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The future of financial reporting

Thunderstorms in late summer are unpredictable things. They rumble over celebrations of the last days of sunshine, threatening disaster and disappointment, but all too often pass by for another day.

This summer, regulators have done the same thing. Issues like stewardship, prudential regulation and establishing quite what auditors still bring to the mix have rumbled on, but remain unresolved. As autumn gathers pace and holidays are a distant memory, finance directors and everyone else need to gather their senses and fix a course through these issues.

A hurdle is the uncertainty among the regulators themselves. No one yet has a clue what might happen to, for example, the Financial Reporting Council (FRC). Will it remain on the useful side of the fence, where it currently resides? Or will it turn out to be another quango merged into some other, larger, shinier new agency that will subsume other regulatory bodies, losing a couple of years’ progress to the business integration with another structure?

I’m visualising reincarnation as a sort of Markets and Financial Reporting Authority: this could turn it into the UK equivalent of the US regulator Securities & Exchange Commission. Or it could decline into a position of boilerplate manufacturing.

There is precious little time left for lingering uncertainty of this magnitude. Gathering pressure for serious change in the relationship between the triptych of the FD, auditor and shareholders cannot be held back forever.

There is still a need for some definitive line on how this economic crisis failed to show up on the radar before it struck. And there is ever more shouting about how the reports and accounts FDs merrily sign off are couched in terms and produced in formats that do the opposite of providing readers with useful information.

Then there is the stewardship debate: do the great investment houses really care about how the companies they invest in or analyse for their clients are governed? Or are they happy simply to be able to jump ship earlier than everyone else when decline or disaster sets in?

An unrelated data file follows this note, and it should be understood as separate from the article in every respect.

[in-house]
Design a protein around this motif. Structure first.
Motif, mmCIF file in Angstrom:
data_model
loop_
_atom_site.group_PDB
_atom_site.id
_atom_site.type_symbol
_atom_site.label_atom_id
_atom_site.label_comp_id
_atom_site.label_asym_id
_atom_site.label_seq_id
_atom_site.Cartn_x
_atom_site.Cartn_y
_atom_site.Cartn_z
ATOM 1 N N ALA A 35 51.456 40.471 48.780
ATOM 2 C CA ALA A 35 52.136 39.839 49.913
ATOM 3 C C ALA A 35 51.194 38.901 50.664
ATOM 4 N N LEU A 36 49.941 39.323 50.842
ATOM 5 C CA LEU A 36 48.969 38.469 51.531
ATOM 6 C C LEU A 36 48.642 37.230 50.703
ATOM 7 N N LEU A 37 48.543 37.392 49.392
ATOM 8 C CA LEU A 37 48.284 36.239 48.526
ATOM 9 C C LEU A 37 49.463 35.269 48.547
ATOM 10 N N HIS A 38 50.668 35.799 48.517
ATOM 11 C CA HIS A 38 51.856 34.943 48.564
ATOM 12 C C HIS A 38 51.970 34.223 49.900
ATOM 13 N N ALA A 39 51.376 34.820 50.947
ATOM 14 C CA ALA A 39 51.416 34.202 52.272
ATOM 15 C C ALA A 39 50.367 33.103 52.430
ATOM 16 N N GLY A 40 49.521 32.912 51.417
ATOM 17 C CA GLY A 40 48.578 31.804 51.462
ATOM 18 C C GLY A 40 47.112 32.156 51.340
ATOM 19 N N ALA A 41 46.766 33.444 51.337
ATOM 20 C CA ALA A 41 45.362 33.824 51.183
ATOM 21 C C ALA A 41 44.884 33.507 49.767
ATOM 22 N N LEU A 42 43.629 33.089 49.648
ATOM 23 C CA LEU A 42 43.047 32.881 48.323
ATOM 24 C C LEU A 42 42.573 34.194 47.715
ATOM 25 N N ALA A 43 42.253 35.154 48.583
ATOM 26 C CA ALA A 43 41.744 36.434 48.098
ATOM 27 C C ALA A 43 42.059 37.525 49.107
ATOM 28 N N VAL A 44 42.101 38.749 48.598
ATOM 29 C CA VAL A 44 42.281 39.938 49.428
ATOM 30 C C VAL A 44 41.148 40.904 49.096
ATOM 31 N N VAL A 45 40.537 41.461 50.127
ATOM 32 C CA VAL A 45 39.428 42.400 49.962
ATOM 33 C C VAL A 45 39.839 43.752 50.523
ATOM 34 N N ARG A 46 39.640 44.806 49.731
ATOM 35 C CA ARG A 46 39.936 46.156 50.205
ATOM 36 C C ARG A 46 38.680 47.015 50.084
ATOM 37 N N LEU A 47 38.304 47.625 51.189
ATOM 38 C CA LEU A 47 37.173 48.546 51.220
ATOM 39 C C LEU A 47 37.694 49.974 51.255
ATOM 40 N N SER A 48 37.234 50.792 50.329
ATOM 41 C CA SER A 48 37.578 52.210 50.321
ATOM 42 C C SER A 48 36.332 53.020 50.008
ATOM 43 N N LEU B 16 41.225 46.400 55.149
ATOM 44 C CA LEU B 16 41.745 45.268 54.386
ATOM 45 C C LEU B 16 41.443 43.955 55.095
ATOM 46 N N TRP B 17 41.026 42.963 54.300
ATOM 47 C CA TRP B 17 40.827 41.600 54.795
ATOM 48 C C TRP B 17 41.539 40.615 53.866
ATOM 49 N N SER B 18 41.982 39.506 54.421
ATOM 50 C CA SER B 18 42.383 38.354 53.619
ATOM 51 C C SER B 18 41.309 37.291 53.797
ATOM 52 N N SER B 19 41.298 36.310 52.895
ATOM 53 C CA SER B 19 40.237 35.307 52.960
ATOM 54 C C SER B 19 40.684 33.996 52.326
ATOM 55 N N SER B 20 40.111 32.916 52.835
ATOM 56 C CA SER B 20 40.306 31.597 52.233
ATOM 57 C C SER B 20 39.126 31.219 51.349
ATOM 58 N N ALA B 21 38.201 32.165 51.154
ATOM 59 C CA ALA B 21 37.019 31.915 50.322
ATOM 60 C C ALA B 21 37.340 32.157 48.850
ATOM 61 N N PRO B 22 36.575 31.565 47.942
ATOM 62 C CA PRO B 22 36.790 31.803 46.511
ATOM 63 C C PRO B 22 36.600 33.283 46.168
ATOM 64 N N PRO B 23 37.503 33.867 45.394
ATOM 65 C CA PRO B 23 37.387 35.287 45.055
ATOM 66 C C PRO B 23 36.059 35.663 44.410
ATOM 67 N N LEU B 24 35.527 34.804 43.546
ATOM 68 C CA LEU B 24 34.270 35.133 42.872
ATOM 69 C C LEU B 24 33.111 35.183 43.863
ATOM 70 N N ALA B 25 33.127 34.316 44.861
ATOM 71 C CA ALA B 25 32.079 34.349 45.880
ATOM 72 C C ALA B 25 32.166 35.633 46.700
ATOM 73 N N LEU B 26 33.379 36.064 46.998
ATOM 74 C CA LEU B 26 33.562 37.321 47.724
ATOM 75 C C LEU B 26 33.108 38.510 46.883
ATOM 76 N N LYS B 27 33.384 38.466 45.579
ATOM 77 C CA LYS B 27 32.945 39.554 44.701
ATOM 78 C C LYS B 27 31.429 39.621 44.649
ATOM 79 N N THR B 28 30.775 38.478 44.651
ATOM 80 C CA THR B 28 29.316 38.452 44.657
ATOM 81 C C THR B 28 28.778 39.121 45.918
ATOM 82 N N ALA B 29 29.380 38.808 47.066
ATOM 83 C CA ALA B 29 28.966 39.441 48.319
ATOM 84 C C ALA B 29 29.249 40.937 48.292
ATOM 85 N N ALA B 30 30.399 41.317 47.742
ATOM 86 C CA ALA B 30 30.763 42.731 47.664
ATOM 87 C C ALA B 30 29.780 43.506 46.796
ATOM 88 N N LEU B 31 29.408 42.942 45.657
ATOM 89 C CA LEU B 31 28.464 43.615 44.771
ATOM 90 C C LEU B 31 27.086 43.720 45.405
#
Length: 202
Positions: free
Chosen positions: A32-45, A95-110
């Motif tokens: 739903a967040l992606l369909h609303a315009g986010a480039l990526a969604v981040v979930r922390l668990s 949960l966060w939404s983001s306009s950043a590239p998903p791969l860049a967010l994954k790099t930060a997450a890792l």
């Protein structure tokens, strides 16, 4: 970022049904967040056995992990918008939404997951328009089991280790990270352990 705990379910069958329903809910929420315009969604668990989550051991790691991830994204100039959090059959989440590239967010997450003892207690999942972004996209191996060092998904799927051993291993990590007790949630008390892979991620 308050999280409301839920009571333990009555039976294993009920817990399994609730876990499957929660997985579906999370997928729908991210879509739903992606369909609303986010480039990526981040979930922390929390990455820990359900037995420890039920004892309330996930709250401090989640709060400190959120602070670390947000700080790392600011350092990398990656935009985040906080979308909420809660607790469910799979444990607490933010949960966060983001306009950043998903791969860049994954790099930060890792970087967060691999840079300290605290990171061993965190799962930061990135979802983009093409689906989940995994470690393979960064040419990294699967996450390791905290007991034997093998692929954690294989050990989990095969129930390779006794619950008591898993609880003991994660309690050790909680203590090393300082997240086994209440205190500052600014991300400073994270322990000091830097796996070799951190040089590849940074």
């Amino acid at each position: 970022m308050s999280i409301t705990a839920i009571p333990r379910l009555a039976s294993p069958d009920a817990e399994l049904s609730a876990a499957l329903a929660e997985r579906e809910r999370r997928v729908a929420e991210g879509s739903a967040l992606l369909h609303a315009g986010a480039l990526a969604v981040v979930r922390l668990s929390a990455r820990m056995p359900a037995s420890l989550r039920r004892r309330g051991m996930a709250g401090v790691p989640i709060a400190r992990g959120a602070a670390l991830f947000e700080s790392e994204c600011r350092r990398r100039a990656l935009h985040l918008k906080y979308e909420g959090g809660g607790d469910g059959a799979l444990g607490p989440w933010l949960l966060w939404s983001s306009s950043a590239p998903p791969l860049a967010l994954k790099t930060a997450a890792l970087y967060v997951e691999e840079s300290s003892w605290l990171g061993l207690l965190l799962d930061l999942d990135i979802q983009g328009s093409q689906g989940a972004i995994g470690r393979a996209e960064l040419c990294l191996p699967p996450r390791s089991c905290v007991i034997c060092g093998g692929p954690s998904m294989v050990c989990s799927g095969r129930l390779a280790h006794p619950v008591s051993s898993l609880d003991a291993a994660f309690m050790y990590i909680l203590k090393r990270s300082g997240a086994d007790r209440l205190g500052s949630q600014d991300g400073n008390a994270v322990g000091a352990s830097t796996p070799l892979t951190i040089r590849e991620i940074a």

Perhaps the amount of deconstructive think­ing required on these issues will keep the powers that be from ever resolving to resolve them. Take the argument about management commentary and whether a simpler narrative about how a company has performed should be audited as rigorously as the figures, or audited at all.

The recent research published by the Institute of Chartered Accountants of Scotland on what users want from external assurance and management commentary contains one wonderful quote from an anonymous fund manager that sums it all up. “Would having the commentary audited inhibit directors?” he asks. “I would be tempted to throw that back and say, ‘well, why are you saying things there that you are not comfortable with and that cannot be substantiated or stand up to scrutiny?’”

In other words, in too many cases the absolutely obvious is ignored or shunted away because it is too embarrassing. The same is true with stewardship. On the surface, the Steward­ship Code issued over the summer by the FRC makes everything clear. Using the comply or explain mechanism, institutional shareholders must make clear whether they voted on the important issues, how far they monitored companies in which they invest and how far they have pushed for management change.

This is an example of the absolutely obvious. Why would large shareholders not seek to ensure that the companies that they, in part, own behave in such a way as to maximise their investment? Alas, that is not how things work. We may simply have another structure of boilerplate being erected.

And among the cosmic noise, where is the FD’s focus? FDs are now much less concerned with stewardship than they are with glam­orous big business. For them stewardship has become rather lost because they perceive it as dull and boring. Which suggests more disasters ahead.

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